Scientists find a factor to reprogram and increase the number of blood stem cells

A scientific team from the CRG has found the BAZ2B protein is key for the expansion of blood stem cells.

Hematopoietic stem cells are vital for many treatments. Image by Colin Behrens on Pixabay.

Researchers at the Centre for Genomic Regulation (CRG) in collaboration with Columbia University (New York), have found a protein that could play a key role in reprogramming blood cells to hematopoietic stem cells (HSC), as well as in the expansion of the latter, vital for many treatments.

The team has used an algorithm to identify candidate proteins, and out of the eight they found, only the one resulting from the BAZ2B gene has multiplied the number of HSCs from umbilical cord blood.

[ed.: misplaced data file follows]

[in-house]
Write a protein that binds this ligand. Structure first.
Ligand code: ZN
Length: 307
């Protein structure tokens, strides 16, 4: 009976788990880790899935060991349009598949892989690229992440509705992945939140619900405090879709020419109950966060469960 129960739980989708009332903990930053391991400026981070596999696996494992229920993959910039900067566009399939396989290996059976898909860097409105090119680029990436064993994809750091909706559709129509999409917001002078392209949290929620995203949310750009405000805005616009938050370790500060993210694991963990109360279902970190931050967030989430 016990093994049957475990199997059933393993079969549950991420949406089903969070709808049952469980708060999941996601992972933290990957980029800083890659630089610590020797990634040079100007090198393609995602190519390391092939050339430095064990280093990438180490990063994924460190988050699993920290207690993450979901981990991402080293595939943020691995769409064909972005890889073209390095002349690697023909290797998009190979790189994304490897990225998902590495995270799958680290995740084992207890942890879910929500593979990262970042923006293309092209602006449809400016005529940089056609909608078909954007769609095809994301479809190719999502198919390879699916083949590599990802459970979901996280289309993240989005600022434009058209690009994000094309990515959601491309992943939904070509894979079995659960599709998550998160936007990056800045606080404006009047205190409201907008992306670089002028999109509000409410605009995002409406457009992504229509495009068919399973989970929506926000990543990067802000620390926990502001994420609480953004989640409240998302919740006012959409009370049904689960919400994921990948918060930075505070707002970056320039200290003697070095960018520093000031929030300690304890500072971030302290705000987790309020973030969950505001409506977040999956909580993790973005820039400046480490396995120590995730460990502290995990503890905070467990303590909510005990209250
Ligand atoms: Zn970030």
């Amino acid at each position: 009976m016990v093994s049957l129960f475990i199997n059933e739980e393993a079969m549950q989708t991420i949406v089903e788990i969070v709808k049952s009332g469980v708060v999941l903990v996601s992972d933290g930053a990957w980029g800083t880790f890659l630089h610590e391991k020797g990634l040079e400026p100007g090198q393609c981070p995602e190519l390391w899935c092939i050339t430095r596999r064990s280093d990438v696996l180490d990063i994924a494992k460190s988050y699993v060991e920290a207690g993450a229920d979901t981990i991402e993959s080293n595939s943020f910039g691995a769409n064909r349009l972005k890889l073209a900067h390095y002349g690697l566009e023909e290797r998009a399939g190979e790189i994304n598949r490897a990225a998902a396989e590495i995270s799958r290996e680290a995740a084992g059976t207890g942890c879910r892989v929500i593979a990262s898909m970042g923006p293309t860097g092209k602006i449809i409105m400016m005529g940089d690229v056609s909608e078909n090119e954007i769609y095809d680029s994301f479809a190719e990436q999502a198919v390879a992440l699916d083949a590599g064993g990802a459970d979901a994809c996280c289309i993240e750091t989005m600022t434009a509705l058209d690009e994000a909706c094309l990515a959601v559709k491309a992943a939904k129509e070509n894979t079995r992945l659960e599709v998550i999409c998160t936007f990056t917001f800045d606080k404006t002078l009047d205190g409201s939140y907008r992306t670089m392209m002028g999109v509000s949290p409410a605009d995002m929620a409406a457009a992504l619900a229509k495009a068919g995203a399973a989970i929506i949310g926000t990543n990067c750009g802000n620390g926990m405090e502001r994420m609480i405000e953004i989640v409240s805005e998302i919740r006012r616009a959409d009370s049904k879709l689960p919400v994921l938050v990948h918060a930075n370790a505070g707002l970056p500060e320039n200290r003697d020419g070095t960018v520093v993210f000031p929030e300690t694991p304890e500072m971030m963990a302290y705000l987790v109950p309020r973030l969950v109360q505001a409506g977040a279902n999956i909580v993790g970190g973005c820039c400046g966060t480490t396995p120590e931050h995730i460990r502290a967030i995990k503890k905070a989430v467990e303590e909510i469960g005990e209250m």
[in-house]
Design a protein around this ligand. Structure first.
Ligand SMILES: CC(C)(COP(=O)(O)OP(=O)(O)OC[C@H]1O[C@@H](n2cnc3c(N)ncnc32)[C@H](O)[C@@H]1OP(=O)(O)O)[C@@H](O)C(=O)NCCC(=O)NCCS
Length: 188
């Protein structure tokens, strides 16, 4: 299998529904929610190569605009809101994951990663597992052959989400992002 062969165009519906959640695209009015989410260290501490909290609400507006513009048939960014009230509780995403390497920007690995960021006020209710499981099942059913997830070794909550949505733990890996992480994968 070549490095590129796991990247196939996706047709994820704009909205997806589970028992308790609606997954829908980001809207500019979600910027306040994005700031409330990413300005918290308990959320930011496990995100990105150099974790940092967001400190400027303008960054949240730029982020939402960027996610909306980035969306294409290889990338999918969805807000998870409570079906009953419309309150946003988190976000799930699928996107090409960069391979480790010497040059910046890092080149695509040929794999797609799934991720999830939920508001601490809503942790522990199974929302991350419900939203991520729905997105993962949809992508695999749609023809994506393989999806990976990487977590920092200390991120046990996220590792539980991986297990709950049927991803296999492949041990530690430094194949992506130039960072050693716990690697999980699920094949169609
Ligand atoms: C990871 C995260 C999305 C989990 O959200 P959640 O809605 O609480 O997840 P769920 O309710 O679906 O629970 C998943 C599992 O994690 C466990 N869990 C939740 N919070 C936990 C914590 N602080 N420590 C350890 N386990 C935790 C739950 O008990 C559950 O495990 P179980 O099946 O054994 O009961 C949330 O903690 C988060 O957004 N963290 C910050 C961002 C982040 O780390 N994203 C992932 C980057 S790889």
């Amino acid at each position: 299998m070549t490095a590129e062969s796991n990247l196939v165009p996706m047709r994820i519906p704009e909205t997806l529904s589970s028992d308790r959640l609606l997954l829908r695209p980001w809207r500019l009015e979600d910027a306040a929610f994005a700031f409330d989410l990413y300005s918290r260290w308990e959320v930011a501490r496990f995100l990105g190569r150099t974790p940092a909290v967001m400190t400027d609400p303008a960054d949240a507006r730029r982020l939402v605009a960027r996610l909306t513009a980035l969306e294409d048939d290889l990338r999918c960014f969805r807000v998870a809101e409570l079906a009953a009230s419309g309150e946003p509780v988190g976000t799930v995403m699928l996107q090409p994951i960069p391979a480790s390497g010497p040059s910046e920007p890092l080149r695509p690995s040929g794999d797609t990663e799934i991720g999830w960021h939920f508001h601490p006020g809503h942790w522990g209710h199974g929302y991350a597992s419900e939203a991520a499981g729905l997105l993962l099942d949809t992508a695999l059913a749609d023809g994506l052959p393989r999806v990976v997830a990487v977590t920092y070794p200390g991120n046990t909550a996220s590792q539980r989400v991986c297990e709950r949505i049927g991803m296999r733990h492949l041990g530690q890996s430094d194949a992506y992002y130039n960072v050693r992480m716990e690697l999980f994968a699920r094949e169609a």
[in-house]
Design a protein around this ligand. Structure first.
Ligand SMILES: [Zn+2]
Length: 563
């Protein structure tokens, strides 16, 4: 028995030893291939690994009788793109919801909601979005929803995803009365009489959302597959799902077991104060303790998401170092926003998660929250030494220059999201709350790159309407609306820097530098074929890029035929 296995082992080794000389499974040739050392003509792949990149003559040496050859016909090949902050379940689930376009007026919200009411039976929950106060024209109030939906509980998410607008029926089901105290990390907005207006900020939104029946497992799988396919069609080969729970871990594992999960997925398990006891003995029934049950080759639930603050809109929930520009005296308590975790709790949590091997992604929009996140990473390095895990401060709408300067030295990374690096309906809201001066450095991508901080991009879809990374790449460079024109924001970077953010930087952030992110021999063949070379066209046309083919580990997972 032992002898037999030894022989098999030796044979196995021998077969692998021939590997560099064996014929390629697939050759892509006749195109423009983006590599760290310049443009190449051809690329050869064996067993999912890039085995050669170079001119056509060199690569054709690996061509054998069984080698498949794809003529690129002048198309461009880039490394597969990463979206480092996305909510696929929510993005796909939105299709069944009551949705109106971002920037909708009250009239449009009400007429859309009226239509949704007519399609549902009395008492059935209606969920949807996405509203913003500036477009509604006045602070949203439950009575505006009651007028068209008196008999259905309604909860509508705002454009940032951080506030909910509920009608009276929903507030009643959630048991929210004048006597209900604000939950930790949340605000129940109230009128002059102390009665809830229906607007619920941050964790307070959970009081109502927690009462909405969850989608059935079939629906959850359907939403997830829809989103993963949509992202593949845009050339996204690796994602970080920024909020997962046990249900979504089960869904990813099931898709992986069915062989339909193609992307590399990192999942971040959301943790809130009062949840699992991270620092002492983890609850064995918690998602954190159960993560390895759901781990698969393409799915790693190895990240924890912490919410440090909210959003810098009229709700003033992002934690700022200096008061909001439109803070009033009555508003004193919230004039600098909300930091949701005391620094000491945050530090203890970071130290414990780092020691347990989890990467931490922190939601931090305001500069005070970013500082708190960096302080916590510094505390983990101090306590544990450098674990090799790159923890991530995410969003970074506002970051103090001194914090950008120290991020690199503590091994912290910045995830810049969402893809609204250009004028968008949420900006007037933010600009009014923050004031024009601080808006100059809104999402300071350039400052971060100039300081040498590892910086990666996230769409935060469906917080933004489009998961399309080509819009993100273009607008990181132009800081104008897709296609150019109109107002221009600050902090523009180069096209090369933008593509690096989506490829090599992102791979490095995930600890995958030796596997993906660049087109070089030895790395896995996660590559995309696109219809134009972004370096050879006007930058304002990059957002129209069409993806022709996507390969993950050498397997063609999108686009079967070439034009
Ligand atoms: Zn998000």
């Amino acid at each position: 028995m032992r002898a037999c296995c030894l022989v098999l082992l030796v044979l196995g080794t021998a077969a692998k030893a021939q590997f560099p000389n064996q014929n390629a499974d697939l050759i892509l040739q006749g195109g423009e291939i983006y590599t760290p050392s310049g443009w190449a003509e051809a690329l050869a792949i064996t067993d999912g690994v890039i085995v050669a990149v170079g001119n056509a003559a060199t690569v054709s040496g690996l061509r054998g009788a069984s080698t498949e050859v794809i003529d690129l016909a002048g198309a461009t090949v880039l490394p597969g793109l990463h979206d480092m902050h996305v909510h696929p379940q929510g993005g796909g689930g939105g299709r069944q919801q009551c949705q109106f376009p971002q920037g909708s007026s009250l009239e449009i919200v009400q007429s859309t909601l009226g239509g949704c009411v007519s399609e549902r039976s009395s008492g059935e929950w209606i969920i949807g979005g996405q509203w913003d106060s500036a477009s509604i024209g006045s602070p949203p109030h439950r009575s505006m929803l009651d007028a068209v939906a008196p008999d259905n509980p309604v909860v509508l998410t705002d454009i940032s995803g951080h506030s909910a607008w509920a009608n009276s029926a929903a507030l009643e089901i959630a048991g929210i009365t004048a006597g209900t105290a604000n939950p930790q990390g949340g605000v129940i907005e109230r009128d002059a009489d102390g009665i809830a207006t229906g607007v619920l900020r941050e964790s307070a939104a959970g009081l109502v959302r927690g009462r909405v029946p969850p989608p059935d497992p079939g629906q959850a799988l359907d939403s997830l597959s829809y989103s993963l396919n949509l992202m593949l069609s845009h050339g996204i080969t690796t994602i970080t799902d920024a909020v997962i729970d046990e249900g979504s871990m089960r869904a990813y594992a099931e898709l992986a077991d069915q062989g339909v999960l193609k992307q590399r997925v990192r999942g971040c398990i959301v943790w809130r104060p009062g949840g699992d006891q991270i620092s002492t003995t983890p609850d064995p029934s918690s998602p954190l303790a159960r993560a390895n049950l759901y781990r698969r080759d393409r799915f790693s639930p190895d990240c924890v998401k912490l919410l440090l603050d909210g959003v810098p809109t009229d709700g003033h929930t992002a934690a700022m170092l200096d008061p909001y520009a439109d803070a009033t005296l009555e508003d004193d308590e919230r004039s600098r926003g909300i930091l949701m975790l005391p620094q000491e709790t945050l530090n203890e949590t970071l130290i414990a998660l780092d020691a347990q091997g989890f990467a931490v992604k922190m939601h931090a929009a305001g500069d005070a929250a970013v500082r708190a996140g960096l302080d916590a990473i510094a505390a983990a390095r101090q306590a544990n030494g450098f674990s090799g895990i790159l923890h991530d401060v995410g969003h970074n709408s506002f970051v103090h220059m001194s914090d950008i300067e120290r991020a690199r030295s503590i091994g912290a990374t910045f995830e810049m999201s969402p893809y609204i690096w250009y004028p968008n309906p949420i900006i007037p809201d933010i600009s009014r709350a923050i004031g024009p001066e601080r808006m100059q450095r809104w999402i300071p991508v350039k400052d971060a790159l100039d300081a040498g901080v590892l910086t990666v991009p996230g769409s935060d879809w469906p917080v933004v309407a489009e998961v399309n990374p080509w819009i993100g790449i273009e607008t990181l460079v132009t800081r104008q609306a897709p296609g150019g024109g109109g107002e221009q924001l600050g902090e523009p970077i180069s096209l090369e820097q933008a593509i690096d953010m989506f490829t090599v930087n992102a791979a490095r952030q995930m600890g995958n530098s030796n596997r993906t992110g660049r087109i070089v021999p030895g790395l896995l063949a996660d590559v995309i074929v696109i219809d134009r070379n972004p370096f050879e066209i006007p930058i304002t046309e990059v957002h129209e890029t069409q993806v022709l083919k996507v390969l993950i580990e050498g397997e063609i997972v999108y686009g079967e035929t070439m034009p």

“Yielding more of these live-saving stem cells will benefit a variety of different patients in the long-term” 
Pia Cosma, group leader at CRG and leading author

These results could lead to the end of the shortage of stem cells, thus breaking down one of the most limiting barriers to the development of powerful stem cell treatments.

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